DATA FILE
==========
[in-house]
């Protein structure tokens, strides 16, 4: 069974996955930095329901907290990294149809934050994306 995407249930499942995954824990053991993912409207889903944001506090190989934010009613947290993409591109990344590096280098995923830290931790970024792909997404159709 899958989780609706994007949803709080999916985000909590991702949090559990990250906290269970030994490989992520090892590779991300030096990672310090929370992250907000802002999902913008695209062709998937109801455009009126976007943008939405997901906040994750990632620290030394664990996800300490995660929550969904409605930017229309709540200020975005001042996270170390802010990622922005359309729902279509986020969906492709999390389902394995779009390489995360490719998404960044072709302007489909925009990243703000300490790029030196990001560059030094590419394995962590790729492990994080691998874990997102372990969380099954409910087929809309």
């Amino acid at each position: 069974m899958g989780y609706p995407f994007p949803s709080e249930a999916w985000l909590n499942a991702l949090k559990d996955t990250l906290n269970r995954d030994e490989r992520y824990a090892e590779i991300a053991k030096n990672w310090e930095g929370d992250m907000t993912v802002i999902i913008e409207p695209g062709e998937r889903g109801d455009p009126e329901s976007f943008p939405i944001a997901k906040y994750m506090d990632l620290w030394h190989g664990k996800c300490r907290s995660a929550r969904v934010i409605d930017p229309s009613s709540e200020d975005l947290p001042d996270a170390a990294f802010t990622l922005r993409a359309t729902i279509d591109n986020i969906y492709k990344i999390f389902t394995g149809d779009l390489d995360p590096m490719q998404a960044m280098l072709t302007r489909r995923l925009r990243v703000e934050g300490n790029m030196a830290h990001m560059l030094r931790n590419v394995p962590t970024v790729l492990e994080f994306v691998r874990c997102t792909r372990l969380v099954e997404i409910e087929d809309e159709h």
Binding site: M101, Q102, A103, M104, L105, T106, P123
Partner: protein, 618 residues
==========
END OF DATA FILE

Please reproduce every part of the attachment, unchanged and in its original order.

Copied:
[in-house]
């Protein structure tokens, strides 16, 4: 069974996955930095329901907290990294149809934050994306 995407249930499942995954824990053991993912409207889903944001506090190989934010009613947290993409591109990344590096280098995923830290931790970024792909997404159709 899958989780609706994007949803709080999916985000909590991702949090559990990250906290269970030994490989992520090892590779991300030096990672310090929370992250907000802002999902913008695209062709998937109801455009009126976007943008939405997901906040994750990632620290030394664990996800300490995660929550969904409605930017229309709540200020975005001042996270170390802010990622922005359309729902279509986020969906492709999390389902394995779009390489995360490719998404960044072709302007489909925009990243703000300490790029030196990001560059030094590419394995962590790729492990994080691998874990997102372990969380099954409910087929809309």
């Amino acid at each position: 069974m899958g989780y609706p995407f994007p949803s709080e249930a999916w985000l909590n499942a991702l949090k559990d996955t990250l906290n269970r995954d030994e490989r992520y824990a090892e590779i991300a053991k030096n990672w310090e930095g929370d992250m907000t993912v802002i999902i913008e409207p695209g062709e998937r889903g109801d455009p009126e329901s976007f943008p939405i944001a997901k906040y994750m506090d990632l620290w030394h190989g664990k996800c300490r907290s995660a929550r969904v934010i409605d930017p229309s009613s709540e200020d975005l947290p001042d996270a170390a990294f802010t990622l922005r993409a359309t729902i279509d591109n986020i969906y492709k990344i999390f389902t394995g149809d779009l390489d995360p590096m490719q998404a960044m280098l072709t302007r489909r995923l925009r990243v703000e934050g300490n790029m030196a830290h990001m560059l030094r931790n590419v394995p962590t970024v790729l492990e994080f994306v691998r874990c997102t792909r372990l969380v099954e997404i409910e087929d809309e159709h």
Binding site: M101, Q102, A103, M104, L105, T106, P123
Partner: protein, 618 residues